The Conventional Answer
I am in a unique position to answer this question, because, I tried it.
I could tell you that I had low levels of serotonin.
I could tell you that I was depressed.
I could tell you that I become worse with drugs & alcohol.
I could tell you that I developed horrible cognitive patterns.
I could tell you that I failed out of college.
I don’t think that any of those, or even all five, are the complete reason why.
The Philosophical Dilemma
Think of it this way: we don’t know the reason why we exist.
We try to understand; we try to assign meaning to life; we tell ourselves stories so that life makes sense. We will never fully comprehend our own existence. If we are lucky, we will gain some wisdom and meaning in life.
Just as we’ll never fully wrap our heads around life, we’ll never fully wrap our heads around why one would end life.
There are just too many unseen factors in the equation. If you are lucky – like me – you or your loved one will not have completed their attempt, and then they will have plenty of time to examine and learn from it.
That basically happens … almost never. If the suicide is completed, the family is left scrambling to piece together a half a box of puzzle pieces. If the attempt is incomplete, the subject will often struggle with mental health issues for the rest of their life.
How Many People Are We Talking About?
Every seventeen minutes someone in the United States commits suicide. Tens of thousands of families left asking each other “Why?” every year.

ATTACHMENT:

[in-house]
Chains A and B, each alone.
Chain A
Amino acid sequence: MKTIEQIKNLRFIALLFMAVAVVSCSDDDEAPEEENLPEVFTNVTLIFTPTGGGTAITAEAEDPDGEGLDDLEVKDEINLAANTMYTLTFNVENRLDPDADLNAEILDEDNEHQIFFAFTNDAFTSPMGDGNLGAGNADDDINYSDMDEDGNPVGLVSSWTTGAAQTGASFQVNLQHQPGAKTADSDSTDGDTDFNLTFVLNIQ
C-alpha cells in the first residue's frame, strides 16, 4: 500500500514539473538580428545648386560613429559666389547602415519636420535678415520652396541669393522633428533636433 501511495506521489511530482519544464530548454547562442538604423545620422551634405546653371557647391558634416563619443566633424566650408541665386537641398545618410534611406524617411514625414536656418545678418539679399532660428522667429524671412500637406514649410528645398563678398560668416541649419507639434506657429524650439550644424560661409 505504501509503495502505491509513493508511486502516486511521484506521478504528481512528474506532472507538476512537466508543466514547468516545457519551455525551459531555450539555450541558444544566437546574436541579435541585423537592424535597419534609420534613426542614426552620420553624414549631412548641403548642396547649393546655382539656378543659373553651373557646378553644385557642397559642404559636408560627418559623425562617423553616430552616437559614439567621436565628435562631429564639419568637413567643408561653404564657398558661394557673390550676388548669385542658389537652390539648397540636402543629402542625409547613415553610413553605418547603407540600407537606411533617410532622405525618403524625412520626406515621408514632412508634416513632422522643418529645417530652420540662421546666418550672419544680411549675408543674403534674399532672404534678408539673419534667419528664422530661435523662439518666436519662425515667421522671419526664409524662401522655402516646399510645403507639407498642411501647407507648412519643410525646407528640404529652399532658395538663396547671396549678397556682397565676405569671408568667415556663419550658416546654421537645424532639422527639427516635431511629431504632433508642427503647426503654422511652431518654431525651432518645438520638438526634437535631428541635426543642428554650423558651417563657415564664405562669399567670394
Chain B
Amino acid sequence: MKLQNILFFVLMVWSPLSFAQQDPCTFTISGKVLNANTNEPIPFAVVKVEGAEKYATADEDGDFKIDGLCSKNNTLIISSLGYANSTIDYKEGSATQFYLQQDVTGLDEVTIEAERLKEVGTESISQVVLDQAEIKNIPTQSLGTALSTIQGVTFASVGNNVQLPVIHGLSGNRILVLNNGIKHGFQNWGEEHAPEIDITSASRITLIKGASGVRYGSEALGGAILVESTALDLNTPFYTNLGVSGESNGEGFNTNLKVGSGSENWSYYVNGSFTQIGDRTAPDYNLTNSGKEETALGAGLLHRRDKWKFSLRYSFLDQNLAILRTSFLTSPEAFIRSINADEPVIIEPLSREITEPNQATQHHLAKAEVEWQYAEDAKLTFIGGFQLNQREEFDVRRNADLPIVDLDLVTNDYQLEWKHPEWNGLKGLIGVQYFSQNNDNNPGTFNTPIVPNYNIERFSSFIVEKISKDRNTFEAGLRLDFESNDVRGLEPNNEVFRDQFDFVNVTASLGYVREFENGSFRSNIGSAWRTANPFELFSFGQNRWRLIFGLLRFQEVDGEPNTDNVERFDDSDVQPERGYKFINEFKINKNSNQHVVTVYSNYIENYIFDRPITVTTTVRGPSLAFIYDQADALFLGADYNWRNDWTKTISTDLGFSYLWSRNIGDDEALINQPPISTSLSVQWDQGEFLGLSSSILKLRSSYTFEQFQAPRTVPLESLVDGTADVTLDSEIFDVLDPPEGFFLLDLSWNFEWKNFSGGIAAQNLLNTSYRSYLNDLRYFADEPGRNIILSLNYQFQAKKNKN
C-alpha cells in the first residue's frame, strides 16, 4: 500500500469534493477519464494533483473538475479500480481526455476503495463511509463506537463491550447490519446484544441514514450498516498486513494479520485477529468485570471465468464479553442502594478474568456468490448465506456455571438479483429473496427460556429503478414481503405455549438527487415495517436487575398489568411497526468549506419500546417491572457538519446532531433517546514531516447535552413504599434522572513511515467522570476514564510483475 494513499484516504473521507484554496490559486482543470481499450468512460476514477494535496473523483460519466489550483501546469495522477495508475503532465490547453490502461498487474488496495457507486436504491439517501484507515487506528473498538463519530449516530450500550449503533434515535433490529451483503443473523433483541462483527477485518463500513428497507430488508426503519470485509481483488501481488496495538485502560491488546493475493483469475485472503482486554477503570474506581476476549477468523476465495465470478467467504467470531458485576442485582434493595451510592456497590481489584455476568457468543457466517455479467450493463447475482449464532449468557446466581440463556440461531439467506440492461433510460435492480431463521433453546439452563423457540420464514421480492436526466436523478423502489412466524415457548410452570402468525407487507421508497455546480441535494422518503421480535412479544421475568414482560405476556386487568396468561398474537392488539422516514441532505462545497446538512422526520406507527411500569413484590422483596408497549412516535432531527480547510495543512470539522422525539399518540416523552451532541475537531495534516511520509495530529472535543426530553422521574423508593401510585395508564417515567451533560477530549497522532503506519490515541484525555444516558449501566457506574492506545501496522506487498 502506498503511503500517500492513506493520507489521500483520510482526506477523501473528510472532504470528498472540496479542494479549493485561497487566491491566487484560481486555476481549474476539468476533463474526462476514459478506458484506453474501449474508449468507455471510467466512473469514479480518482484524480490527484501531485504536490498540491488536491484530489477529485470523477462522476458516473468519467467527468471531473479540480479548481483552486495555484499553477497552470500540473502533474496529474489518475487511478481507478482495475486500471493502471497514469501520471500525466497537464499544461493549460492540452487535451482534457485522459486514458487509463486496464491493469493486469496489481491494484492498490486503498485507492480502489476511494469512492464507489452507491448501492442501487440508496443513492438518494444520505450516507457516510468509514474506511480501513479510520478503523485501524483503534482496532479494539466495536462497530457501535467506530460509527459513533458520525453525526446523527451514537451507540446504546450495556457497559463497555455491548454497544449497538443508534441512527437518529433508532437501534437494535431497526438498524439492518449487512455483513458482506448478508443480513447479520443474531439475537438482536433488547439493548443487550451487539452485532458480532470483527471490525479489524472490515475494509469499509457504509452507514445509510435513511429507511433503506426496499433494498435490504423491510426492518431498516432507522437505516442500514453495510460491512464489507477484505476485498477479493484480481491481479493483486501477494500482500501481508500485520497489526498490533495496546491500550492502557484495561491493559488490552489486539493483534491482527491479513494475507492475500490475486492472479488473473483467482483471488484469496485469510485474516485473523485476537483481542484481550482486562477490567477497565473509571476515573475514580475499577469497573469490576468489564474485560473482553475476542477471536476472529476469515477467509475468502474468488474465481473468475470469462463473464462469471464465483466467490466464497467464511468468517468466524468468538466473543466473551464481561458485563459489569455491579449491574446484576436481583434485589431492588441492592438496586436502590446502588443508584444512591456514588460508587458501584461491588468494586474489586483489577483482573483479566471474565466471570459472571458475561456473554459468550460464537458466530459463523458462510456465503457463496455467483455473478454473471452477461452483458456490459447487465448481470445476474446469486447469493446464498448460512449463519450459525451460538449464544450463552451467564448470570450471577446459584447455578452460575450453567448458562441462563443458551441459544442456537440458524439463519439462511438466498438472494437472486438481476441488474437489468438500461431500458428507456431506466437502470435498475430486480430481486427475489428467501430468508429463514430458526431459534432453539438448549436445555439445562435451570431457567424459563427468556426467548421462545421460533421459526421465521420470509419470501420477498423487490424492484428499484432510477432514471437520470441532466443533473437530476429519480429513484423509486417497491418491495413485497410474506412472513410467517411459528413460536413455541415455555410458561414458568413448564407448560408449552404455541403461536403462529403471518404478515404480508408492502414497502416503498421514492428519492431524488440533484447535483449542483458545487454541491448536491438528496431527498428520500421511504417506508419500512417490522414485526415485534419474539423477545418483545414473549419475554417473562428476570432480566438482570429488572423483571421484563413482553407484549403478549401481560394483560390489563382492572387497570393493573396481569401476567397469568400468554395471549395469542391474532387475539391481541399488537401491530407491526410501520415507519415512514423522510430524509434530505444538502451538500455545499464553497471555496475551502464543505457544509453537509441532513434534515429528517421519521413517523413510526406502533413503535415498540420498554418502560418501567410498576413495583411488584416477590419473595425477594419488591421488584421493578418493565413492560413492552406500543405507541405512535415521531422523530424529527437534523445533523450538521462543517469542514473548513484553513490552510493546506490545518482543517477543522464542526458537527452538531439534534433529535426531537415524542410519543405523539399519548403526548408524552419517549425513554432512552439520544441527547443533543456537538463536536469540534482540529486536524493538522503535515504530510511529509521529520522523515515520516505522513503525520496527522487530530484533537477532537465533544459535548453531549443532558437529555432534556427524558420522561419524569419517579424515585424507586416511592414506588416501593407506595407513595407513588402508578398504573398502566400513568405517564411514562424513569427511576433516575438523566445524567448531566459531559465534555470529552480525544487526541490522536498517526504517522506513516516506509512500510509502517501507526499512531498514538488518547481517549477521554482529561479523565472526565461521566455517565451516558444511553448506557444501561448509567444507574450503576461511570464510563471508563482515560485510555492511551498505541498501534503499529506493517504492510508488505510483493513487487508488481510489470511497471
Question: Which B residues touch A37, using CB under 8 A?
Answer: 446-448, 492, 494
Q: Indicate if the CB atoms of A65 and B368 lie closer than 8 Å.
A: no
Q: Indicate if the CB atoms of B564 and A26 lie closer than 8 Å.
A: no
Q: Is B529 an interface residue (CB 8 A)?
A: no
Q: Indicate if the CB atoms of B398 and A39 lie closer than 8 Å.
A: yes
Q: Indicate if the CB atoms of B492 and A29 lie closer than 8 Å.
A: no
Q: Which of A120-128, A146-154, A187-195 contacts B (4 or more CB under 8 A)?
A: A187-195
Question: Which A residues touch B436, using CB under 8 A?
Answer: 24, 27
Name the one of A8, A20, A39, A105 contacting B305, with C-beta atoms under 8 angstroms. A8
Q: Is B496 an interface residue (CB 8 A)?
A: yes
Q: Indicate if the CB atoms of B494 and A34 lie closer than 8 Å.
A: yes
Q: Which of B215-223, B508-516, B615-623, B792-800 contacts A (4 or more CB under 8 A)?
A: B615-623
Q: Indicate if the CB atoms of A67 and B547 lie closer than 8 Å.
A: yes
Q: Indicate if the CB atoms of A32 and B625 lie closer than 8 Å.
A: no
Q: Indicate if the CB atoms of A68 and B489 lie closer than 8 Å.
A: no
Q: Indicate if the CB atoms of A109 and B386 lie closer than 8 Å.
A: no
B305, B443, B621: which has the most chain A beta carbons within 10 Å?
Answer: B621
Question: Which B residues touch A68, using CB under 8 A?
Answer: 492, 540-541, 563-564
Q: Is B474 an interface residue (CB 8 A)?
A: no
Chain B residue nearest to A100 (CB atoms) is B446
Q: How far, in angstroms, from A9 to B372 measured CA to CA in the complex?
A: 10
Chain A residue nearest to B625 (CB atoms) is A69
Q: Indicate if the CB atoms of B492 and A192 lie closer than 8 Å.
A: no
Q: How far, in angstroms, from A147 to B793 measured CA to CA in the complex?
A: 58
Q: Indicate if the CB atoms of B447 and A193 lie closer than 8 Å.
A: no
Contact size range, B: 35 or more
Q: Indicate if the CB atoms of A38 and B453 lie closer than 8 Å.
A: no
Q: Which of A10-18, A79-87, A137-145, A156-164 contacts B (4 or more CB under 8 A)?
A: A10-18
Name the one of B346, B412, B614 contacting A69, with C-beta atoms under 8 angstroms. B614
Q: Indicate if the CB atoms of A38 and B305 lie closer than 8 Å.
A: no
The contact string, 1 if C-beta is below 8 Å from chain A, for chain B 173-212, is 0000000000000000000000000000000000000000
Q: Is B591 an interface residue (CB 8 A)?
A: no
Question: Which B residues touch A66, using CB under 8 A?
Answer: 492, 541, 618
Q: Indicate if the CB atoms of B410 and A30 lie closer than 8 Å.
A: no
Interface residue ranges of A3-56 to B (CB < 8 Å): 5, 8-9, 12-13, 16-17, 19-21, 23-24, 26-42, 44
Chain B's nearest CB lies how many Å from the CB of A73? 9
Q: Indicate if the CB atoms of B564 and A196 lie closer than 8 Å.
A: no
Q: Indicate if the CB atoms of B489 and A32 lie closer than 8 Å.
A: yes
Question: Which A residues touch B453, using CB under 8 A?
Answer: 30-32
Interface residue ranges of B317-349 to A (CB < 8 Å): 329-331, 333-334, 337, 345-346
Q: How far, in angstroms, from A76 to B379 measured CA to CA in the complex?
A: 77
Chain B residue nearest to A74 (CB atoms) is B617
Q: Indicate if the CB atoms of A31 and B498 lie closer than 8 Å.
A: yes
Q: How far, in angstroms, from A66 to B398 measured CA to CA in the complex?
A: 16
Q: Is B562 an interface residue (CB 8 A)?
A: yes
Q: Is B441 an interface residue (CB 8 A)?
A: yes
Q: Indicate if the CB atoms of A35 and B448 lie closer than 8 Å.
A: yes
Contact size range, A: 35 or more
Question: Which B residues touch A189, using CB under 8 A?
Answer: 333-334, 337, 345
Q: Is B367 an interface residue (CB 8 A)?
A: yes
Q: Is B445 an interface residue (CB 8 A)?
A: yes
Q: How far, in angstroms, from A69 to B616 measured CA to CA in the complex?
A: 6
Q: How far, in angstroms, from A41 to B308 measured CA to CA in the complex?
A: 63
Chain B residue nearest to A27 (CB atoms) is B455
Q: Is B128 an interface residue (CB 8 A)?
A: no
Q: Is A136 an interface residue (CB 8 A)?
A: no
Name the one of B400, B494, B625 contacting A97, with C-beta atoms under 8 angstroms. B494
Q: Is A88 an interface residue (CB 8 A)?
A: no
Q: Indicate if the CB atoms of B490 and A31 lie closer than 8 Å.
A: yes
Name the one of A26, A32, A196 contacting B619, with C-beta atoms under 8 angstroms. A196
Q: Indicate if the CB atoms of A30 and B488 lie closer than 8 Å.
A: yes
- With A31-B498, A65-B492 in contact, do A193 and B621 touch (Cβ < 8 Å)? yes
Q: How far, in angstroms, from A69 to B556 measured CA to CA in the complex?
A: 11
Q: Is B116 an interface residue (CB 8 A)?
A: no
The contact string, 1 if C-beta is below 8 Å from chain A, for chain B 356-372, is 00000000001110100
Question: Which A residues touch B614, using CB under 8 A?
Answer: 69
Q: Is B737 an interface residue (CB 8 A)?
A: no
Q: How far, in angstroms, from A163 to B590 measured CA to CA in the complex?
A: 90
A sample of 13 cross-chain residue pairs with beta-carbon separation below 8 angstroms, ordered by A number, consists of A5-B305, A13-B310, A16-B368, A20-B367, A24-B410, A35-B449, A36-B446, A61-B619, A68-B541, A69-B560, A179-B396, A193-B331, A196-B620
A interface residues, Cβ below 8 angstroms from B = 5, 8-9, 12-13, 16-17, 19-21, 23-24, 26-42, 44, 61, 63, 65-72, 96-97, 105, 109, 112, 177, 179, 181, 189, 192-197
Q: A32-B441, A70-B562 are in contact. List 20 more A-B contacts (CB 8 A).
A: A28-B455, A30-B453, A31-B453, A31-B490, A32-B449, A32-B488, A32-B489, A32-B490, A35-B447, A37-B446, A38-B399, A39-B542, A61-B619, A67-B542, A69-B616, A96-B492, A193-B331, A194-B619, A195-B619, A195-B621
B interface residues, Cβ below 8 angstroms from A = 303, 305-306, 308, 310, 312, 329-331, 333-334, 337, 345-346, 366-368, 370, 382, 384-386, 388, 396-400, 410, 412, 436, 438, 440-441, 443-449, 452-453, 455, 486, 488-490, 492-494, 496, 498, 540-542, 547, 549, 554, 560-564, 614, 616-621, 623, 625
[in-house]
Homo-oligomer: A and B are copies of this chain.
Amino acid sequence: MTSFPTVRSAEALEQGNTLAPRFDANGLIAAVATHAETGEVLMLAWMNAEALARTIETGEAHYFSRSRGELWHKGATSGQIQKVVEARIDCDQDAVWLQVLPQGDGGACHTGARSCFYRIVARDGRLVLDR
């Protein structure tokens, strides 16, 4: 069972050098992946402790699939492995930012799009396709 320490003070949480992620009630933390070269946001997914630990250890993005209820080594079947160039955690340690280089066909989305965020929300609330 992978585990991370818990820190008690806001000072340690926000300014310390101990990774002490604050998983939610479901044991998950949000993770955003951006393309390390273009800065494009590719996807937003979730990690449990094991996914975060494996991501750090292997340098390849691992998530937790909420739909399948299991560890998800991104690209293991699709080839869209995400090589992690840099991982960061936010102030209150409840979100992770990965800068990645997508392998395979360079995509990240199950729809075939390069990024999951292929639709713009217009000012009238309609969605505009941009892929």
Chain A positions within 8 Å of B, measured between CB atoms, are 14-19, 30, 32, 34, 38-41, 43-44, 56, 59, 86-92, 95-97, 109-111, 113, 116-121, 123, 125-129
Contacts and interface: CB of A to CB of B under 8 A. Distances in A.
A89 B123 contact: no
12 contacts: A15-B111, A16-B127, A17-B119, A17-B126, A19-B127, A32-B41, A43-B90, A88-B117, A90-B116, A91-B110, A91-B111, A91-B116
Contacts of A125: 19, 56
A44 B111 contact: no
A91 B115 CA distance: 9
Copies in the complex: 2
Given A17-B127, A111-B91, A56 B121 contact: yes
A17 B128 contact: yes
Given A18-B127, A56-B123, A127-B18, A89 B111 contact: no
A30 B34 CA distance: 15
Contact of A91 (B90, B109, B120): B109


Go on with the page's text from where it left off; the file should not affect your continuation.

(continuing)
Each and every single one of these cases is related, but unique. They share certain general characteristics, however misguided those may be, such as feelings of helplessness and hopelessness.
You might be able to take most of those cases and neatly categorize them with five bullet points as I did above. That would make you feel safe. You could say to yourself, ‘Oh, he did it because he went off of his medication.’
Except, if it were that simple, why haven’t we solved the problem? The opposite is true; suicide numbers rise every year.
There Is No Short Answer For “Why”
We search for ‘the reason why’ so we can be at peace, so we can understand, so we can feel better about ourselves as parents and friends, so we can help others in need.
We want to prevent this from happening again, but we can’t. But, if we hastily categorize each case with a ‘why’, if we think that we’ve found the answer, then we are able to move on. We can say to ourselves:
As long as I don’t do [ his or her why ] I’ll be safe.
I was guilty of this for a long time too. I did some therapy and said to myself, ‘I know why.‘ Then I moved on.
Except, I started this blog, and I realized that I only knew part of my own story. That’s after more than ten years of living depression free.
Just as my perspective today is different than it was five years ago, so too will it change five or ten years from now. Ask me again then, and I will have some more insight.
We must not move on. We must continue to examine. We have so much more to learn. We must keep asking ‘Why?’
It gets a little bit less painful every time. I promise.